Monday, 7 May 2012

Girl Model

I recently watched the documentary, Girl Model, which follows the scouting process for incredibly young models in Eastern Europe and Russia as they try to make it out of relative poverty in markets such as Japan where the demand for youth is high. A heart-wrenching insight into the darker side of modelling, this particular film follows young hopeful Nadya as she is scouted and promised a minimum of $8,000 to leave her family and go to castings in Japan.

These poor young girls who line up scantily-clad in their hundreds are eager to be chosen for the promise of a new life for their families, but the reality is that they are given little help and support as they are taken from everything they know and thrown into the fashion world in a country where they cannot speak the language.

The most telling sign the girls are being horrendously taken advantage of is that their contracts are given to them in English when their mother-tongue is Russian. They often return to their homes in thousands of dollars of debt to the modelling agencies while the scouts seem to enjoy a very lavish lifestyle begging the question; where is all the girls' money going? In essence this seems like the most horrible kind of scam, far removed from the glamourous side of fashion we are familiar with. One of the filmmakers, Ashley Sabin, was appropriately quoted as saying "The whole modelling industry and the young girls involved in it are such a recipe for disaster. I feel in many ways we document a disaster."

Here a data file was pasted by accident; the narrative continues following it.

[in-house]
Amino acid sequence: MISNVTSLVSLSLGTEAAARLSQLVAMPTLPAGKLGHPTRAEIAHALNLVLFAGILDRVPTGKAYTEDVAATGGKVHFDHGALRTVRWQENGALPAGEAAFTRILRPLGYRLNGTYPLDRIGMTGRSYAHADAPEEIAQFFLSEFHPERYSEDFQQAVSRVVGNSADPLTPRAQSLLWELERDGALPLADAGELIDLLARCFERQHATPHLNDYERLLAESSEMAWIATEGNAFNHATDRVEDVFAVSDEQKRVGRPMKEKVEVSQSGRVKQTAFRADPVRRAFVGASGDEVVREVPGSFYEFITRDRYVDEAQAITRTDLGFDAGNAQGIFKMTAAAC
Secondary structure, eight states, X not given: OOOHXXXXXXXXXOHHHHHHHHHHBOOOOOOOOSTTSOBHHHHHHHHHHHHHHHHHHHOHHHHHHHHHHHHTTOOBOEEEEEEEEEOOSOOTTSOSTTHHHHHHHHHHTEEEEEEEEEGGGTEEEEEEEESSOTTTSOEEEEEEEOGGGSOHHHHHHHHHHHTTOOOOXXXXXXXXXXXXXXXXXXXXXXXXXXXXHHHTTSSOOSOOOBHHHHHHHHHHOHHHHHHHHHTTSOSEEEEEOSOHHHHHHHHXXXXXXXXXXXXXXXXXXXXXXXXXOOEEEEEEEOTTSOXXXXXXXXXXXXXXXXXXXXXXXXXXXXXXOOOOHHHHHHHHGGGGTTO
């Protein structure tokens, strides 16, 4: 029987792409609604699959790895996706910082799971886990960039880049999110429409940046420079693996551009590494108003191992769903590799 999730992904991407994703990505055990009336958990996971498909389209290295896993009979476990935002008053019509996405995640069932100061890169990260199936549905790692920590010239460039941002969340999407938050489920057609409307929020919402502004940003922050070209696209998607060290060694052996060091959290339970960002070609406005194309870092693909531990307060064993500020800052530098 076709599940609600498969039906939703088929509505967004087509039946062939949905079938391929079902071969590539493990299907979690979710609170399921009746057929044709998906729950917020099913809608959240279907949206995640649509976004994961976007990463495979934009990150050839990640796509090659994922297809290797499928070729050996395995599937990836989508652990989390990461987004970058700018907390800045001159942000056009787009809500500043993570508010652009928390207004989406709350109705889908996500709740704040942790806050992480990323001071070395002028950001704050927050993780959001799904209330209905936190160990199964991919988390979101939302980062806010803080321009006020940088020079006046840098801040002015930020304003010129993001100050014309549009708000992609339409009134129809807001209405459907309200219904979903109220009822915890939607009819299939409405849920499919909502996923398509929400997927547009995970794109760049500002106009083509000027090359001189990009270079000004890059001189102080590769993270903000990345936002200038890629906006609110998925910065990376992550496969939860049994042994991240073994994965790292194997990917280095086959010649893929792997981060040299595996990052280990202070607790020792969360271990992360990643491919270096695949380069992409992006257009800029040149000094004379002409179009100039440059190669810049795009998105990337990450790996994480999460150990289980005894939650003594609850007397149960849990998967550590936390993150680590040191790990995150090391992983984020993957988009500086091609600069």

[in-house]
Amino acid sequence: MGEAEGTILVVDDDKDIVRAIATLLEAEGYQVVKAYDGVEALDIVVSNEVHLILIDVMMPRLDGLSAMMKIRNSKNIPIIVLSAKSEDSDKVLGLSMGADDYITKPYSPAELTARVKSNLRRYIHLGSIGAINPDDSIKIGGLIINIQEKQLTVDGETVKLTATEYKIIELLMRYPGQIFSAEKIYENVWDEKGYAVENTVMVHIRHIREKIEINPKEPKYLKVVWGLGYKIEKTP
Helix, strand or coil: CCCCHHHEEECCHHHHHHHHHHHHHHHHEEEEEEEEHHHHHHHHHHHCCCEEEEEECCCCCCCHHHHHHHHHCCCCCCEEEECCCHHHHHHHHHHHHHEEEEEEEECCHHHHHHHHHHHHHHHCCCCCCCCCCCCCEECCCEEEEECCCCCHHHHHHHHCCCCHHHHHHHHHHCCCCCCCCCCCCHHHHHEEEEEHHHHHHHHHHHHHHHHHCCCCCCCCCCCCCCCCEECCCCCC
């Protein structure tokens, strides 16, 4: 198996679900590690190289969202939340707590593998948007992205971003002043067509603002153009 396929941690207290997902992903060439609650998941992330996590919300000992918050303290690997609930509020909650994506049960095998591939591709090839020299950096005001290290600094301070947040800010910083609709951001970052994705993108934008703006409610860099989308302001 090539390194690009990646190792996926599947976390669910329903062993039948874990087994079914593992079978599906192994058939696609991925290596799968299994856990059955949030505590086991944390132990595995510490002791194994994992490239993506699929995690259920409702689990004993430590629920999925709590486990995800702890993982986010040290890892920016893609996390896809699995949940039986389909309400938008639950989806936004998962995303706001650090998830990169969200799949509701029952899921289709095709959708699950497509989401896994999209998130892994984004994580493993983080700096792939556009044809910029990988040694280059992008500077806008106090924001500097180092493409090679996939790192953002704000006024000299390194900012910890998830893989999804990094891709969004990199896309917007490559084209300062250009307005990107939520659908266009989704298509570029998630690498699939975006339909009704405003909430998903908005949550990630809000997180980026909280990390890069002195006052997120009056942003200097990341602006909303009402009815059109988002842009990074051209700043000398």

The clearly damaged and disturbed American scout featured in the film, Ashley Arbaugh, who herself is an ex-model scouted by the very same agency she now sources girls for, almost distracts from the whole narrative of Nadya's tragic tale as you get a glimpse of what may lie ahead for young, impressionable girls who fall into this dark world. Arbaugh, who appears child-like and emotionally stunted at times, alludes to her miserable time as a model and having been taken advantage of by the head of the agency who she says "likes young girls". The film is interspersed by her disturbing video diaries from her time as a model and show the real emotional damage that can be done to girls by the industry.

This eye-opening and sad documentary does well to starkly highlight many questions regarding the modelling industry and it's proclivity for youth such as; do pre-pubescent girls of 12 and 13 have the emotional stability to face the notoriously harsh world of modelling? And also, does the Western industry know or care where these girls are being sourced from and how they are being treated? I hope that in the wake of this documentary things will begin to change for the better but unfortunately I doubt it. I definitely recommend seeing this film and passing it along, a very educational experience about the real dark depths of a world that is usually so glossed over.

More soon.

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